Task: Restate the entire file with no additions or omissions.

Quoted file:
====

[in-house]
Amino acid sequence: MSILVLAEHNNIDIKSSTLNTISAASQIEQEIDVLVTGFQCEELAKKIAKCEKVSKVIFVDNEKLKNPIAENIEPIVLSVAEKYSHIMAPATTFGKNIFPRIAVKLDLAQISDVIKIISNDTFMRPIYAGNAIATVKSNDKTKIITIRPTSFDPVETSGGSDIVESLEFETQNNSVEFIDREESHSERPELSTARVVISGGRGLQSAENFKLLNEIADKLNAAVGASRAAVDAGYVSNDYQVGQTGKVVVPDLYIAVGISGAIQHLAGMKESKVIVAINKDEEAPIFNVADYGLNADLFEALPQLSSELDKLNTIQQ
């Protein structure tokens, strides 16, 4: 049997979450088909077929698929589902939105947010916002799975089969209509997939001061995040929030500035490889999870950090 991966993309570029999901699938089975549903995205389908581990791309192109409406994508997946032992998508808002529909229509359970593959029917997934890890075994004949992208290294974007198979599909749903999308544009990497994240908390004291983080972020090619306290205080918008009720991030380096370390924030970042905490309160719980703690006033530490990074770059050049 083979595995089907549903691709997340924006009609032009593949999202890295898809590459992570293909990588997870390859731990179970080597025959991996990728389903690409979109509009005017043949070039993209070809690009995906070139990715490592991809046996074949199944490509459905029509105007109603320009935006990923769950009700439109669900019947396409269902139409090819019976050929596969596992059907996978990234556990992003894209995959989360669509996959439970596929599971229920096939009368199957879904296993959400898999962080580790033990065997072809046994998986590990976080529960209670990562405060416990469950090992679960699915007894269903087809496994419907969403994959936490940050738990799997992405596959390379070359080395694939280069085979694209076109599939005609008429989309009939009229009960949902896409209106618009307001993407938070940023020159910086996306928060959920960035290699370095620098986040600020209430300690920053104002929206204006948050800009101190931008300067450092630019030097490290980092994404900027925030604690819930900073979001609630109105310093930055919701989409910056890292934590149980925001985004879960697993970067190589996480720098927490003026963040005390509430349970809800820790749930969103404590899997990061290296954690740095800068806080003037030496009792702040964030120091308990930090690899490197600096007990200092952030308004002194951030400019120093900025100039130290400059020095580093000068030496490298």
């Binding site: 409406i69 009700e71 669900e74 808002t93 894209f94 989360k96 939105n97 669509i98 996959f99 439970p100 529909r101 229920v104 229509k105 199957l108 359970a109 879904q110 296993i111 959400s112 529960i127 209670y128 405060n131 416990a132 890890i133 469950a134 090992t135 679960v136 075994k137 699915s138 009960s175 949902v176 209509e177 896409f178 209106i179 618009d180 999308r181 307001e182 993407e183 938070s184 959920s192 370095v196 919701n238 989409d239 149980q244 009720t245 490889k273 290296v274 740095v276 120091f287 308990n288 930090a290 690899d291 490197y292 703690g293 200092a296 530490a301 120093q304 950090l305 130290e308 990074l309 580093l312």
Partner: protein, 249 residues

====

[in-house]
Amino acid sequence: MSILVLAEHNNIDIKSSTLNTISAASQIEQEIDVLVTGFQCEELAKKIAKCEKVSKVIFVDNEKLKNPIAENIEPIVLSVAEKYSHIMAPATTFGKNIFPRIAVKLDLAQISDVIKIISNDTFMRPIYAGNAIATVKSNDKTKIITIRPTSFDPVETSGGSDIVESLEFETQNNSVEFIDREESHSERPELSTARVVISGGRGLQSAENFKLLNEIADKLNAAVGASRAAVDAGYVSNDYQVGQTGKVVVPDLYIAVGISGAIQHLAGMKESKVIVAINKDEEAPIFNVADYGLNADLFEALPQLSSELDKLNTIQQ
């Protein structure tokens, strides 16, 4: 049997979450088909077929698929589902939105947010916002799975089969209509997939001061995040929030500035490889999870950090 991966993309570029999901699938089975549903995205389908581990791309192109409406994508997946032992998508808002529909229509359970593959029917997934890890075994004949992208290294974007198979599909749903999308544009990497994240908390004291983080972020090619306290205080918008009720991030380096370390924030970042905490309160719980703690006033530490990074770059050049 083979595995089907549903691709997340924006009609032009593949999202890295898809590459992570293909990588997870390859731990179970080597025959991996990728389903690409979109509009005017043949070039993209070809690009995906070139990715490592991809046996074949199944490509459905029509105007109603320009935006990923769950009700439109669900019947396409269902139409090819019976050929596969596992059907996978990234556990992003894209995959989360669509996959439970596929599971229920096939009368199957879904296993959400898999962080580790033990065997072809046994998986590990976080529960209670990562405060416990469950090992679960699915007894269903087809496994419907969403994959936490940050738990799997992405596959390379070359080395694939280069085979694209076109599939005609008429989309009939009229009960949902896409209106618009307001993407938070940023020159910086996306928060959920960035290699370095620098986040600020209430300690920053104002929206204006948050800009101190931008300067450092630019030097490290980092994404900027925030604690819930900073979001609630109105310093930055919701989409910056890292934590149980925001985004879960697993970067190589996480720098927490003026963040005390509430349970809800820790749930969103404590899997990061290296954690740095800068806080003037030496009792702040964030120091308990930090690899490197600096007990200092952030308004002194951030400019120093900025100039130290400059020095580093000068030496490298």
């Binding site: 409406i69 009700e71 669900e74 808002t93 894209f94 989360k96 939105n97 669509i98 996959f99 439970p100 529909r101 229920v104 229509k105 199957l108 359970a109 879904q110 296993i111 959400s112 529960i127 209670y128 405060n131 416990a132 890890i133 469950a134 090992t135 679960v136 075994k137 699915s138 009960s175 949902v176 209509e177 896409f178 209106i179 618009d180 999308r181 307001e182 993407e183 938070s184 959920s192 370095v196 919701n238 989409d239 149980q244 009720t245 490889k273 290296v274 740095v276 120091f287 308990n288 930090a290 690899d291 490197y292 703690g293 200092a296 530490a301 120093q304 950090l305 130290e308 990074l309 580093l312």
Partner: protein, 249 residues